Celina believes that in order to understand the local context, Glasswing should have local staff presence in the countries where it is working. Thus, in addition to its headquarters in El Salvador, the organization has opened offices in Guatemala, Panama, Nicaragua, and Honduras. An additional two-member office in the United States works on foreign partnerships and fundraising/networking. As a result, Glasswing has been able to foster close relationships with local and national governments, the private sector (both local companies and large multinational corporations) and the community members themselves. The organization has close contacts with a number of international institutions working in Central America, including the Inter-American Development Bank and the United Nations Development Corporation, as well as private corporations and individual foundations. Glasswing also regularly conducts field visits to local communities to keep up-to-date on their evolving needs and resources.

Glasswing’s $7 million budget is financed through a variety of funding sources, including private sector partnerships, USAID, individual donors and foundations, and in-kind donations. Only 5% of Glasswing’s funds go to overhead costs; the rest go directly to the projects themselves. As it expands across Central America, the organization is simultaneously expanding its regional funding bases, with “Glasswing Ambassadors” in the United States and Europe helping to secure more resources. More importantly, Glasswing’s work attracts additional funds, often from local governments, for public investment which would not have been invested without the organization’s efforts. While Celina is just beginning to measure this form of impact, the organization has already leveraged about $3 to 4 million in additional funding for communities.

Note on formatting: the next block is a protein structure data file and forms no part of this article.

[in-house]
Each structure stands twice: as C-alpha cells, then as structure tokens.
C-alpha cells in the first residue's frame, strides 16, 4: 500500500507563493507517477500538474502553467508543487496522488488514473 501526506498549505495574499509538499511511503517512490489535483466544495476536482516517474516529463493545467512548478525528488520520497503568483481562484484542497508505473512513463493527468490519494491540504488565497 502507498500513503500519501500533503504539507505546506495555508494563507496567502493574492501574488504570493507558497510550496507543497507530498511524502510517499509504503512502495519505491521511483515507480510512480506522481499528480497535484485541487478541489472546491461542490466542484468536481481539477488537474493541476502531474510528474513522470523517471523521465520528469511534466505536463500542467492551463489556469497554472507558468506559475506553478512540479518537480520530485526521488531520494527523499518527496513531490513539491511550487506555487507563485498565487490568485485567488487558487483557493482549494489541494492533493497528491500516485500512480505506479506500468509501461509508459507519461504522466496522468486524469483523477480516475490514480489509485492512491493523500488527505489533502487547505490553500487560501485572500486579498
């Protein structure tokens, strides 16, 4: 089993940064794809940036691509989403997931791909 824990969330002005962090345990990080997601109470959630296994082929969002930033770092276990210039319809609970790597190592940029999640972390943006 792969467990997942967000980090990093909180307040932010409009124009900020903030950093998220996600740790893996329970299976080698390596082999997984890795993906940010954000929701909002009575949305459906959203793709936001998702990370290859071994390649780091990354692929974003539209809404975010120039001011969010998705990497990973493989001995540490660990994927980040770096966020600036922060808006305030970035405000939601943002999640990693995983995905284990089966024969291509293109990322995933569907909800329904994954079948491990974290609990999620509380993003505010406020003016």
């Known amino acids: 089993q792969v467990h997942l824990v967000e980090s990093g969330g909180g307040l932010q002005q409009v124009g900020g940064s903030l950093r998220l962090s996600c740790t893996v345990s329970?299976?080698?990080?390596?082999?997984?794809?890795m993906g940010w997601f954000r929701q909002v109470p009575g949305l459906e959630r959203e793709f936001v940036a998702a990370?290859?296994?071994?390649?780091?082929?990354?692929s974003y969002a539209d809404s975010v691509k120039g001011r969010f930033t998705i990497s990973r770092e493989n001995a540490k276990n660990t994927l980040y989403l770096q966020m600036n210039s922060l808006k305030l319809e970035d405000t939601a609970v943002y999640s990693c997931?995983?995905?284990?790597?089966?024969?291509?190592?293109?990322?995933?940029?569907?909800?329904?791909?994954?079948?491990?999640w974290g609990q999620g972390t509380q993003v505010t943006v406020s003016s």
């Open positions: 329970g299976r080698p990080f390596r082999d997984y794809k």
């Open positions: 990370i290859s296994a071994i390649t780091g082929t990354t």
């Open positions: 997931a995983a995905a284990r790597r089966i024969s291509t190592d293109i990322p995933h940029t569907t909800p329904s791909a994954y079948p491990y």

In the seven years since its founding, Glasswing has mobilized more than 60,000 corporate, citizen and public sector volunteers and has reached 500,000 beneficiaries. It has worked in over 400 communities, where it has revitalized 450 schools, trained 6,000 people in emergency response and engaged 15,000 people in community health programs. 25,000 students have participated in community and corporation–run after school programs, which help prevent them from participating in illicit activities, and trains them in skills such as computing, debate and carpentry. It has worked with more than 50 companies; 90% of which have decided to repeat or augment their involvement with Glasswing. As Glasswing looks toward the future, it is considering expanding to other regions facing similar levels of polarization and fragmentation.